Engaging and motivating participants
We have discussed the learning needs of CCRC populations, how to structure the learning environment, the necessary equipment, and the content of the classes. What comes next, on paper, may seem like the easiest thing a trainer can do as it seems less labor-intensive: motivating and engaging older adults in the classroom. However, keeping older learners motivated to continue attending classes even when they experience difficulties with the material or lack confidence in their ability to continue can be a challenge. In this section, we outline ways in which technology trainers can keep their students coming back to class: making sure instructors are sociable and well-versed in the material, assembling a positive assistive team, instilling a "practice makes perfect" mantra, and promoting a community within the CCRC wherein residents help one another when difficulties with the technology arise.
Training the trainer
Recommending that the instructors of a technology intervention be well-versed and knowledgeable in the technologies they are teaching and the online practices they are demonstrating seems obvious. After all, how would students learn anything from a chemistry professor who did not understand molecules, or how would athletes learn how to swim properly from a coach who had never been in water before? But when we make the recommendation to "train the trainer," we are not simply insisting that the trainers themselves be experts on the topics being covered; we are also implying that the trainers need to be instructed on how to best present these topics specifically to a class with older adults in CCRCs.
This is easier said than done, as presenting information to a crowd of older CCRC residents can be vastly different from presenting information to a typical classroom of students. Instructors must be sure to enunciate clearly and substantially increase the volume of their voices not only so that those in the back of the class can hear but also so that those who are hard of hearing have an easier time listening and understanding. Instructors must also speak more slowly than they may usually be accustomed to, as this allows older adults with slower cognitive processing speed to better absorb the material. Having an instructor who is constantly repeating statements and recalling earlier topics can also help those with slower cognitive processing to absorb the lessons. This is not always a simple task, as some instructors may find the constant repetition of material to be tedious and boring (and if the instructor is bored, the students will know it). A bit of patience with students and the material can go a long way to assure that the residents learning the technology get the most out of the class and enjoy the experience.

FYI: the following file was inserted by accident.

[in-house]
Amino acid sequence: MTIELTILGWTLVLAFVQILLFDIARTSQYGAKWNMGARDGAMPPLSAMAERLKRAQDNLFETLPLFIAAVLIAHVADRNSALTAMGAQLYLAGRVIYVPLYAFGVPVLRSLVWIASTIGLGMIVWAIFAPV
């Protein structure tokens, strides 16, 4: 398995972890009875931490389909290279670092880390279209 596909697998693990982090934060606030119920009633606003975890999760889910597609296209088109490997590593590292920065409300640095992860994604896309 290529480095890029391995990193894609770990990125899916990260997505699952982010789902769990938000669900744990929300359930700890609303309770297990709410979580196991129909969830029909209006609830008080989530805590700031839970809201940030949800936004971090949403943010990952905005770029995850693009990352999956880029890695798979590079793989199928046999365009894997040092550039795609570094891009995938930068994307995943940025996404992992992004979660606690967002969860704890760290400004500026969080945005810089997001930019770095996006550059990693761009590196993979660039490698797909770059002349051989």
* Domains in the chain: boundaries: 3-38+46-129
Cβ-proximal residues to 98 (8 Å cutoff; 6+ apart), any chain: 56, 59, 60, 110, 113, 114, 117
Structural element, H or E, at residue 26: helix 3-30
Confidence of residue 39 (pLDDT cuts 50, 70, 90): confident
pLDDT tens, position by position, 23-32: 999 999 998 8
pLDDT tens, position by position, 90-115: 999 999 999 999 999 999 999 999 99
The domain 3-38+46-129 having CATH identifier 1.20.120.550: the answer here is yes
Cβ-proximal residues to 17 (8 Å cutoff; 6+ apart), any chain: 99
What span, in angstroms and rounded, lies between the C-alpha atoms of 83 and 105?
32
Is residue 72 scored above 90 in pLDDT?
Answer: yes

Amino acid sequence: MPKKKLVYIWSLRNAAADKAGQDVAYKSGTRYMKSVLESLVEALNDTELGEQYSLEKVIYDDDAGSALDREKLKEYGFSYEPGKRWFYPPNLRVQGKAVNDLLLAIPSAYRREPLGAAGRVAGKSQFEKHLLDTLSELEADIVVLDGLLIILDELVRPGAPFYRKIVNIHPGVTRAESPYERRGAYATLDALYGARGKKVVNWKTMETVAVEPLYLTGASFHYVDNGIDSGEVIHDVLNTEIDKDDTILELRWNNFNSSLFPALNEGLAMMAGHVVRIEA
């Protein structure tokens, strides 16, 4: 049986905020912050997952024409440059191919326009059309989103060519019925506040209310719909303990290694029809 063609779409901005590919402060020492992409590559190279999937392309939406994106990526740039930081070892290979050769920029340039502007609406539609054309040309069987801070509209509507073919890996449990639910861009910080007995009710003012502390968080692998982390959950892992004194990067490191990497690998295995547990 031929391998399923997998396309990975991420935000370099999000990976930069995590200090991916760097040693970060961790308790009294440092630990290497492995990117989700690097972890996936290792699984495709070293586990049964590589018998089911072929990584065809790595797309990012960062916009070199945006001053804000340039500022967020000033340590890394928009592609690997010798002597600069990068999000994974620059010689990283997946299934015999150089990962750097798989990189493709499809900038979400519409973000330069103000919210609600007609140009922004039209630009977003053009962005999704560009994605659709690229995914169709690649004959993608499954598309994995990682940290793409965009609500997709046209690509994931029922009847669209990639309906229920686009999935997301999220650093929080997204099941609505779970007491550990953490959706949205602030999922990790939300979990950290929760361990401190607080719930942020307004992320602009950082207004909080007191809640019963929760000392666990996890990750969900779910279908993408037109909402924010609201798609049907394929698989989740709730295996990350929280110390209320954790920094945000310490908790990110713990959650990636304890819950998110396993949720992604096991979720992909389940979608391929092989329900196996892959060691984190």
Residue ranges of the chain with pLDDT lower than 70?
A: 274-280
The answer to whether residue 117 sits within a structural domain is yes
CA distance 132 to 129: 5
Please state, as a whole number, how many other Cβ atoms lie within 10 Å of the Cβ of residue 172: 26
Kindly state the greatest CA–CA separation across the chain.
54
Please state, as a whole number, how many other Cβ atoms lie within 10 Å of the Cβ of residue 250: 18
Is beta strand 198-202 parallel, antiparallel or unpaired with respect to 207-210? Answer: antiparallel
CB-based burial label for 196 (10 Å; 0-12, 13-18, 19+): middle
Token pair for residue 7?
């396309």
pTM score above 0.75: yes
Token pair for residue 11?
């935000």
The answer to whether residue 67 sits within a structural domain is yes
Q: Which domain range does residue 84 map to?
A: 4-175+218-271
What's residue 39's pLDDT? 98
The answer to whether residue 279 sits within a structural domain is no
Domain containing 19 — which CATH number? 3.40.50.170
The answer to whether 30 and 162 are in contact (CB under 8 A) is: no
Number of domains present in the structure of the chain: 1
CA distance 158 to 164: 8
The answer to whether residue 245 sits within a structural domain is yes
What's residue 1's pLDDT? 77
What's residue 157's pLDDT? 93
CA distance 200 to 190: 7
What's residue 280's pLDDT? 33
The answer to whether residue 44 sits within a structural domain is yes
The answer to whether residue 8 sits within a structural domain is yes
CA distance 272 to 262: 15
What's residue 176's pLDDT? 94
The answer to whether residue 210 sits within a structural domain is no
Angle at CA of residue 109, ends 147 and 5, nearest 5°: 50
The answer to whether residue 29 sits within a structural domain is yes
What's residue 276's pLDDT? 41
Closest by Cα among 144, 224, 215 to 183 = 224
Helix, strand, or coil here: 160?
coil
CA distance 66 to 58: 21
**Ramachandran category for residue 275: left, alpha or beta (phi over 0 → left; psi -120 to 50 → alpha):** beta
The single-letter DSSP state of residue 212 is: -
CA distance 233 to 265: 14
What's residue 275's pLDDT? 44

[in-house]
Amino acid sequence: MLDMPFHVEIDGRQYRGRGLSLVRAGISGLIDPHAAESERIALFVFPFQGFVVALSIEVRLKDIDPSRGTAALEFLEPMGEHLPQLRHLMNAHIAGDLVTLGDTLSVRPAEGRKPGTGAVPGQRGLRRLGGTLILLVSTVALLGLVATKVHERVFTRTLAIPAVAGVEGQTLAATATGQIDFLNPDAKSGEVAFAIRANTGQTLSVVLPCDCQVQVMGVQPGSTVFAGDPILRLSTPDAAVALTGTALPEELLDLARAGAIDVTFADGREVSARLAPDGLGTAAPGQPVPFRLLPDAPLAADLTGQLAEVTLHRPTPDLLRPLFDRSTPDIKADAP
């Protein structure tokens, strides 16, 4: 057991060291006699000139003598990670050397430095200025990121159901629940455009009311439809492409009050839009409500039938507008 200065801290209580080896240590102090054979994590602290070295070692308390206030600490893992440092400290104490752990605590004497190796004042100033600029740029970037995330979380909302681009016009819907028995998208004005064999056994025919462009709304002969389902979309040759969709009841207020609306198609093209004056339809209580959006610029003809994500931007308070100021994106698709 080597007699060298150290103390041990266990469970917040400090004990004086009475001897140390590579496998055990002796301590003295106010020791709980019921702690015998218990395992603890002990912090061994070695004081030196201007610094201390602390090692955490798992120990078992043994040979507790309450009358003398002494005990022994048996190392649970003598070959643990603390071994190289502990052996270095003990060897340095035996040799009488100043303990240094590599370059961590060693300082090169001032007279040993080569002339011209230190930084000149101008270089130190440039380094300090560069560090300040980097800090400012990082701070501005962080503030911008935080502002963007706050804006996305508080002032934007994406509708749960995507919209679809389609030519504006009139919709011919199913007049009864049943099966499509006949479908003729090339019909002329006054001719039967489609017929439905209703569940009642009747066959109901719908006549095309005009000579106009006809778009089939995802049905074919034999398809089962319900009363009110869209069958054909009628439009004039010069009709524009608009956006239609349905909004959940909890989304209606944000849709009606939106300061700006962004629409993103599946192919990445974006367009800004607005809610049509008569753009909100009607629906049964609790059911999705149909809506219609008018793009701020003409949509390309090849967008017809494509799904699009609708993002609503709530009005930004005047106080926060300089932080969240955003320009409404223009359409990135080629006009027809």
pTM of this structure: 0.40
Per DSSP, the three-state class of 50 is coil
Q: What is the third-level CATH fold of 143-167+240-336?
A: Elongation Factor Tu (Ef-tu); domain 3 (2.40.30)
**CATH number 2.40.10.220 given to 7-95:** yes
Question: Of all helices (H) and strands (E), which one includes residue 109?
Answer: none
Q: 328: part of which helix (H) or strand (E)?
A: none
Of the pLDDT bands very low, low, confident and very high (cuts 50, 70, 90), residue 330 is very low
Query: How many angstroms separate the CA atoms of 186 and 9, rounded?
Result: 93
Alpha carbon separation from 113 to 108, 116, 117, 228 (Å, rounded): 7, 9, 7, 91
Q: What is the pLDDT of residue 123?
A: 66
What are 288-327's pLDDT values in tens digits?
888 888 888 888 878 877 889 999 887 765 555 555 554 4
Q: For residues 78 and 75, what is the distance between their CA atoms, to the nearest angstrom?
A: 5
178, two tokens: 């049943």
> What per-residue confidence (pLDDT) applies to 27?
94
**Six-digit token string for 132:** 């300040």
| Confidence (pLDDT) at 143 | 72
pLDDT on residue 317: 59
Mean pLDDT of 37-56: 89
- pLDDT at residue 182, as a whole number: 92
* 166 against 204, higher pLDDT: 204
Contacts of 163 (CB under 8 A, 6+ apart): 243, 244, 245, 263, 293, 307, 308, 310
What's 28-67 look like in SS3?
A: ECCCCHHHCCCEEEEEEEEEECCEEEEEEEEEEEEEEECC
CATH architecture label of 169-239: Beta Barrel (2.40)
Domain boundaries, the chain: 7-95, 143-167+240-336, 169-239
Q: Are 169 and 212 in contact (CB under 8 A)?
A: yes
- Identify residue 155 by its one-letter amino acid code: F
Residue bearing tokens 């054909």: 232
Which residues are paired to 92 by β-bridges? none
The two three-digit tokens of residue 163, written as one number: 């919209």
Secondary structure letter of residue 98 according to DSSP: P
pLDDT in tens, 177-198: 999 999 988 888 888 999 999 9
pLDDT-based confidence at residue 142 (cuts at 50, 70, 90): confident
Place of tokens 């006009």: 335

Finally, while it may be difficult to "teach" a trainer on the attitudes best displayed in a training situation, a trainer can at least be cognizant of the types of attitudes older adults in CCRCs respond positively to. In the case of our training sessions, participants responded best to an attitude of friendly professionalism wherein the instructors demonstrated a confident command of the material but did not refrain from being sociable with the participants. ALC and ILC residents tend to enjoy sharing personal stories and enjoy getting to know their instructors, and thus training a trainer to be social (while maintaining a bit of authority like any other teacher) can make the sessions more fun for participants.